Growth patterns of different plant species are primarily determined by edaphic factors, climate conditions and their species-specific adaptation properties. Changing sub-regional aridity trends due to the projected climate change like soil erosion and the invasion of alien plant species threaten the ligneous vegetation of karst areas. We aimed to study and model the potential effect of aridity on the growth rate of young individuals of the native Fraxinus ornus and its two important competitors, the exotic Pinus nigra and the aggressive invader Ailanthus altissima in a karstic forest-steppe of the Veszprém plateau, Hungary on different soil depths. Mean soil depth and the Thornthwaite agrometeorological index were used as covariates. Climate data were gained from the E-OBS gridded dataset for the period of 1950 to 2013 and from the MPI Echam5 climate model for the period of 2081 to 2100. We found significant correlation between the soil depth values and the measured heights and the average of monthly Thornthwaite agrometeorological indices. In conclusion, aridity and soil-depth have significant, but different effect on the growth patterns of the studied species. While the annual growth season of Pinus nigra and Fraxinus ornus are determined by the aridity of the months of January to May, and from February to June, respectively, the growth of Ailanthus altissima is mainly determined by the period of March to August. The climate prediction-based growth model predicts the decline of the growth patterns of each species for the 2081-2100 period in Hungary due to climate change.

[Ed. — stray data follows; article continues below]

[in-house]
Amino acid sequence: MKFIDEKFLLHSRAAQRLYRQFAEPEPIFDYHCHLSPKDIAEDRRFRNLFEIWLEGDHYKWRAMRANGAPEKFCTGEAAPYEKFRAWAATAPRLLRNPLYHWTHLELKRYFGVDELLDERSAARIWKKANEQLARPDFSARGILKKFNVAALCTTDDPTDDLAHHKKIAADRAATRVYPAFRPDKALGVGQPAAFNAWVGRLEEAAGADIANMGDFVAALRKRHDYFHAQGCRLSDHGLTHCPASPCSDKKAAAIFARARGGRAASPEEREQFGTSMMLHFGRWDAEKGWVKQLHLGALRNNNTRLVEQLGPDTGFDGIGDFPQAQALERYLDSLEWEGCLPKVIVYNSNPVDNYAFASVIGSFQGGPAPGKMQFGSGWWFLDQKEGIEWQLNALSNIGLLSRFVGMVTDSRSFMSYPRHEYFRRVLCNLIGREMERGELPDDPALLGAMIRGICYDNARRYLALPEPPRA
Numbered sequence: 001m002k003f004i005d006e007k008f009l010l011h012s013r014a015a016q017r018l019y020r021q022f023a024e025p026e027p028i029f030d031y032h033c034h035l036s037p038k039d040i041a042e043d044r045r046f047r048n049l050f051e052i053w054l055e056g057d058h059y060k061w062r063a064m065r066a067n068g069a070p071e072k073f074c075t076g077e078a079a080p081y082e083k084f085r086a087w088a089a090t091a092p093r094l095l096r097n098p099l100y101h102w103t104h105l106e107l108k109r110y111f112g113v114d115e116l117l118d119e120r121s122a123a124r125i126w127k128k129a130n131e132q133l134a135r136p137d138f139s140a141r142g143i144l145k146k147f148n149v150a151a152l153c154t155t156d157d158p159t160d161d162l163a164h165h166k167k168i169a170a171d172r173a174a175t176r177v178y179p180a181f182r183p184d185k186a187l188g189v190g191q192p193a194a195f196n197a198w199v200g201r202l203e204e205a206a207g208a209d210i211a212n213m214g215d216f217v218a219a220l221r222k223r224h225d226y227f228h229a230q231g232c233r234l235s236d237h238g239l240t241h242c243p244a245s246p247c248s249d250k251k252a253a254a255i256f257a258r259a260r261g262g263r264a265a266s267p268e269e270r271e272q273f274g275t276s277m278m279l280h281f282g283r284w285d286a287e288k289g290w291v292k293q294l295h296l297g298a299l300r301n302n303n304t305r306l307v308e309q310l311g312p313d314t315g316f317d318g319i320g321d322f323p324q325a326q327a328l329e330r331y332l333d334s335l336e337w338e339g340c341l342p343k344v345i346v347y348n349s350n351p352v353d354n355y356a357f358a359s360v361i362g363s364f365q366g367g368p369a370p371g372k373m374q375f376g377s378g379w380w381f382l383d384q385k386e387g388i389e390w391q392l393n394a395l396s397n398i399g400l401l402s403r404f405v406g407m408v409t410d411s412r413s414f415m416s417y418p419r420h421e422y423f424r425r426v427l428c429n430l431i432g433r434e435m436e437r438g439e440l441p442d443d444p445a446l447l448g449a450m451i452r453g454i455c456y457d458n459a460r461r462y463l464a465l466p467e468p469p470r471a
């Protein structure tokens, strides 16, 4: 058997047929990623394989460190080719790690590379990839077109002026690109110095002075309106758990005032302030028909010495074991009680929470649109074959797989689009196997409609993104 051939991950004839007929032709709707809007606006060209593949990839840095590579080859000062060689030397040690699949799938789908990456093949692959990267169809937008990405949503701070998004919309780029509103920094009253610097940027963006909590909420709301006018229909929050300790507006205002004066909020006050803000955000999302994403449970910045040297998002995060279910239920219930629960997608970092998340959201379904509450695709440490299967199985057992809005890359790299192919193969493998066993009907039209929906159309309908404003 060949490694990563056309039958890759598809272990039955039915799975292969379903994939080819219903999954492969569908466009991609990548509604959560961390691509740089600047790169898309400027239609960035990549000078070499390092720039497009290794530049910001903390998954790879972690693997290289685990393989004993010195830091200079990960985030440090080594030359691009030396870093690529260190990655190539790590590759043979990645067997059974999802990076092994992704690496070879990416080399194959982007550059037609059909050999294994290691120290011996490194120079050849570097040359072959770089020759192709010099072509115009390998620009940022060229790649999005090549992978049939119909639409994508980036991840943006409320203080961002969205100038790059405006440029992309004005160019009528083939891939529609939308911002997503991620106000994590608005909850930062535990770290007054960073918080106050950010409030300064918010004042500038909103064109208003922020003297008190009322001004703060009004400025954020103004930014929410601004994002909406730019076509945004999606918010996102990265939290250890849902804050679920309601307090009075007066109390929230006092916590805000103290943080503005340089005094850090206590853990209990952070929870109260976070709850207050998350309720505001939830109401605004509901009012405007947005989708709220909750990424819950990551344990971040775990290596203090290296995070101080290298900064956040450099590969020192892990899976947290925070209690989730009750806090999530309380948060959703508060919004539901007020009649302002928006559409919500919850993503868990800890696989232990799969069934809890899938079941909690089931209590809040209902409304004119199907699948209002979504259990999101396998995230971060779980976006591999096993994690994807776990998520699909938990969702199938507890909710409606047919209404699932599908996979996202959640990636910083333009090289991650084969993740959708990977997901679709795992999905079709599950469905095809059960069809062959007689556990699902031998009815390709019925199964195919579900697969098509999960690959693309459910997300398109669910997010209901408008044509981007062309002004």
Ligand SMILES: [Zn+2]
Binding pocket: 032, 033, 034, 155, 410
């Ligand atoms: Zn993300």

ASJC Scopus subject areas
- Ecology, Evolution, Behavior and Systematics
- Agronomy and Crop Science